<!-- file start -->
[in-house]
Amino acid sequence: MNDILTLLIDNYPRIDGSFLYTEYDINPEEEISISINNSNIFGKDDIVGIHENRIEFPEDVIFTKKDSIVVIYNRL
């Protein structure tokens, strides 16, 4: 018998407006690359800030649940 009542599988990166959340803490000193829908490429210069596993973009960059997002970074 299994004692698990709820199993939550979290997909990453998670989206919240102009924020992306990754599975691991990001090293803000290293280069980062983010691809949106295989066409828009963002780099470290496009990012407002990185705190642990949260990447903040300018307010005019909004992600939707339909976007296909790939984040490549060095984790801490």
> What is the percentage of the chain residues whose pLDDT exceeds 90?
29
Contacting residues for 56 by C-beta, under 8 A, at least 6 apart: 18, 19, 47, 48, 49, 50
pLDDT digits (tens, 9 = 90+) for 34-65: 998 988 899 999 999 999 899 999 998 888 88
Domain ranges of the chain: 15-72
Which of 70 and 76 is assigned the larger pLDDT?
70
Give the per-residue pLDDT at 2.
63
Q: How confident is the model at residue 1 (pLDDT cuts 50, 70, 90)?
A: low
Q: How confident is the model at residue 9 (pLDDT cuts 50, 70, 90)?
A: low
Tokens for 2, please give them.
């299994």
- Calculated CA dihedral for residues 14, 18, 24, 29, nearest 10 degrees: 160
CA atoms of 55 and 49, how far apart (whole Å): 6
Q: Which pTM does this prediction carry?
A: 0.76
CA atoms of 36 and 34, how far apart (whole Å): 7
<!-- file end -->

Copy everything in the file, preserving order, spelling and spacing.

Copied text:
[in-house]
Amino acid sequence: MNDILTLLIDNYPRIDGSFLYTEYDINPEEEISISINNSNIFGKDDIVGIHENRIEFPEDVIFTKKDSIVVIYNRL
């Protein structure tokens, strides 16, 4: 018998407006690359800030649940 009542599988990166959340803490000193829908490429210069596993973009960059997002970074 299994004692698990709820199993939550979290997909990453998670989206919240102009924020992306990754599975691991990001090293803000290293280069980062983010691809949106295989066409828009963002780099470290496009990012407002990185705190642990949260990447903040300018307010005019909004992600939707339909976007296909790939984040490549060095984790801490």
> What is the percentage of the chain residues whose pLDDT exceeds 90?
29
Contacting residues for 56 by C-beta, under 8 A, at least 6 apart: 18, 19, 47, 48, 49, 50
pLDDT digits (tens, 9 = 90+) for 34-65: 998 988 899 999 999 999 899 999 998 888 88
Domain ranges of the chain: 15-72
Which of 70 and 76 is assigned the larger pLDDT?
70
Give the per-residue pLDDT at 2.
63
Q: How confident is the model at residue 1 (pLDDT cuts 50, 70, 90)?
A: low
Q: How confident is the model at residue 9 (pLDDT cuts 50, 70, 90)?
A: low
Tokens for 2, please give them.
């299994």
- Calculated CA dihedral for residues 14, 18, 24, 29, nearest 10 degrees: 160
CA atoms of 55 and 49, how far apart (whole Å): 6
Q: Which pTM does this prediction carry?
A: 0.76
CA atoms of 36 and 34, how far apart (whole Å): 7